Green Woodpeckers in the UK – How and where to find them.

Green woodpeckers are one of three native woodpeckers species and are one of the most common. In this video I go searching through a local grazing meadow for them and manage to film lots of other grazing meadow wildlife. This includes Muntjac, Rabbits, Blue tits, Great tits, long tailed tits, green finch and even the highly invasive Himalayan balsam.

The habitat here is mainly low grazed grass, peppered with small shrubs and a few clusters of larger trees. It is used as an area for grazing horses and there is also a herd of around 20 mixed breed cattle that have free roam. Aside from the patches of bear ground made by the horses and cattle there are also hundred, if not thousands of ant nests. Different species don’t usually get along and this orange ant has been overpowered and outnumbered by the darker ones. They will kill it, chop it into pieces and carry it beneath the ground to feed the colony.

Amongst the shrubs I can see several different species of birds taking advantage of all the invertebrates. This young blue tit is picking small insects and aphids from underneath the leaves. This young great tit seems to be trying to eat the fruit from a hawthorn berry. Through summer their diet is mainly insects but they are opportunists and eating them now will be good practice for autumn when insects become more scarce. For now, insects seem to be good enough for these long tailed tits. I even managed to catch a glimpse of a green finch far off in the trees. These have become rare in recent years and there is now a national survey to track their numbers.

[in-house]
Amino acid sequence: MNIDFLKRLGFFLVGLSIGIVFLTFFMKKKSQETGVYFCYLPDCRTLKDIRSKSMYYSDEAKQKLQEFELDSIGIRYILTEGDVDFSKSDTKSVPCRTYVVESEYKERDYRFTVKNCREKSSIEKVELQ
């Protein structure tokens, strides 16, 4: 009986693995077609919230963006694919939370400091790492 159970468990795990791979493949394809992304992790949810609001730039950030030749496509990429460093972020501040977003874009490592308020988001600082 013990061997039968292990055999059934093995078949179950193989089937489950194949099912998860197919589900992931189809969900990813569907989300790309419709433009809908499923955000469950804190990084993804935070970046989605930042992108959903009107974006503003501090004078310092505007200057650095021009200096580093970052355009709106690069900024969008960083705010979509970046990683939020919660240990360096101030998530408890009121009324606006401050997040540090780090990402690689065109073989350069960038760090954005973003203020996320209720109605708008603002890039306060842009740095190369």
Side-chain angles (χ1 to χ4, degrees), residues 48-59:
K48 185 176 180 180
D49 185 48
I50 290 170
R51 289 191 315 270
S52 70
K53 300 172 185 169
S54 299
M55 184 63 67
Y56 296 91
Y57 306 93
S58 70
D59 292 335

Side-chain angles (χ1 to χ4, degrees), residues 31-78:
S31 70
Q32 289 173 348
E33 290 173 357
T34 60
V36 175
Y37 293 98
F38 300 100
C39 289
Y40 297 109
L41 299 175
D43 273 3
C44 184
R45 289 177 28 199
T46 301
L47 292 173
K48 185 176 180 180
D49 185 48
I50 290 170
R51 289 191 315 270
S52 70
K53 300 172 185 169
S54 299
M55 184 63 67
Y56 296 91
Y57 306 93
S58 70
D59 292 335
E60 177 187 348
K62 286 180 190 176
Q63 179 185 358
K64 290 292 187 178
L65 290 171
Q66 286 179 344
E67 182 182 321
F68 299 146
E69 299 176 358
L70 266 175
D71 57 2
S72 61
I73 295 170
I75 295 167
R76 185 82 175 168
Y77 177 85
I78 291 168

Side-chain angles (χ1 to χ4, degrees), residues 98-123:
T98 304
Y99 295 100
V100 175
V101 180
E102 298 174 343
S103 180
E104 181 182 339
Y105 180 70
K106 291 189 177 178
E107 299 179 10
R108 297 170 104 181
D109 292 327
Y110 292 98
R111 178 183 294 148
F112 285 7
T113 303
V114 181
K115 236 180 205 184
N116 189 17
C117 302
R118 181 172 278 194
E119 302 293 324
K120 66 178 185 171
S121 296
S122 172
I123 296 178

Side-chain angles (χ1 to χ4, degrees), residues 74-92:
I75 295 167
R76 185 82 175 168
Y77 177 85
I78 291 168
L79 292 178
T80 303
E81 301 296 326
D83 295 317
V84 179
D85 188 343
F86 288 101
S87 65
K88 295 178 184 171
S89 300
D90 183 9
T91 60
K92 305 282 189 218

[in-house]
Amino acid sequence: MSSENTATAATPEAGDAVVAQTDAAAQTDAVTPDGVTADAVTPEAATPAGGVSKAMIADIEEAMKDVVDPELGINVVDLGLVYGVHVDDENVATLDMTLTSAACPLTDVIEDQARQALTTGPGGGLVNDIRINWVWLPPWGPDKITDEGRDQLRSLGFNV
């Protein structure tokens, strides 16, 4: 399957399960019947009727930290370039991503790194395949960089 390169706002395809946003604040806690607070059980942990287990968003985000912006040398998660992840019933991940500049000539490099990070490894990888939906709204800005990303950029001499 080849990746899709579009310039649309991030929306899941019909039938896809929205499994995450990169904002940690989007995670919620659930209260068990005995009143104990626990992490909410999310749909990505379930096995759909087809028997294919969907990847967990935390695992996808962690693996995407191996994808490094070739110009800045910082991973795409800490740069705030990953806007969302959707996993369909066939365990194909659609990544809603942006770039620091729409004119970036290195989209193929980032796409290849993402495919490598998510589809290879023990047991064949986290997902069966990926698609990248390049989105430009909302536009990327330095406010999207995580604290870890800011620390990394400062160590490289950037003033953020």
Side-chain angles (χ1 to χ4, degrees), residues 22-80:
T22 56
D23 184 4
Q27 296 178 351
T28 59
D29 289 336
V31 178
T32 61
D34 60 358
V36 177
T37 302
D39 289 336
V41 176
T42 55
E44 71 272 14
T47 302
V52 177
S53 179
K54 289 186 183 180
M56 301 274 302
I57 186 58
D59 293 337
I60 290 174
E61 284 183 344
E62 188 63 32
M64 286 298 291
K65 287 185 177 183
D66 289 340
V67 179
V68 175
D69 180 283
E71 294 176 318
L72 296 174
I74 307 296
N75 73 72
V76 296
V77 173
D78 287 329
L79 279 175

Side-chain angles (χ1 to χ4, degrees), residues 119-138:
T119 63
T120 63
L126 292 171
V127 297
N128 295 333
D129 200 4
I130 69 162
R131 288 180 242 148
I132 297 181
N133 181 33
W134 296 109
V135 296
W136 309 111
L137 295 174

I walk further into the field and realise that this habitat isn’t good just for birds and invertebrates there are mammals here too. I know for some people rabbits are a common site but this is the first one I have seen for ages. They too have been facing uncertainty over the past few years with a new disease wiping through their population. This one has spotted me and froze still hoping that I wouldn’t see it. This is one of their strategies to avoid predators, but if I approached further it would no doubt bolt into the undergrowth or a nearby burrow. I left it be and found an invasive species under a nearby tree.

Himalayan balsam is a beautiful plant that was introduced into UK gardens in the 1830s, However it soon escaped from the gardens and into the countryside where it has become one of our most damaging invasive species. The plant usually grows along river banks and water ways, but as it is so large, the largest annual plant in the country in fact, it smothers out other native species. In winter when the plant dies back it leaves the soil exposed without any vegetation and makes it very susceptible to erosion. It’s a shame that this plant is such an invasive as native invertebrates such as this common red soldier beetle seem quite fond of it and its explosive seed pods are edible and apparently very nice in curries.

I pass by this nearly dried out pond and amongst the jungle of grass spot this female muntjac. Just like the rabbit, she had seen me and froze completely still, hoping that I wouldn’t notice her. If you look just to the left of her eye you can see one of her pheromone producing facial glands. She will rub these on branches, trees and rocks to pass on information to other muntjac that are in the area.
At first I only noticed the adult woodpecker with its black facial markings and cream cheeks. But then I spotted a younger bird nearby amongst some foliage. This is a teenager that has been out of the nest for a few weeks and is on its way to independence.
The adult didn’t seem overly keen on being too close to the young bird, I wonder if this was because it could see me and wanted to keep the youngster hidden. It is pretty well camouflaged with its dull stripey green feathers. Green woodpecker are one of the three native woodpecker species and are the only one that is green in colour. They spend a lot of time on the ground and one of their main foods is ants, which might explain why this meadow is such a hot-spot for them. When the adult finally approached the youngster, I realise that maybe I wasn’t the reason it had been hesitant. The young bird seems to be trying to beg for food but the adult flares its red crest as a warning. Its almost time for this teenager to find its own territory and the adult bird looks keen for it to be on its way.

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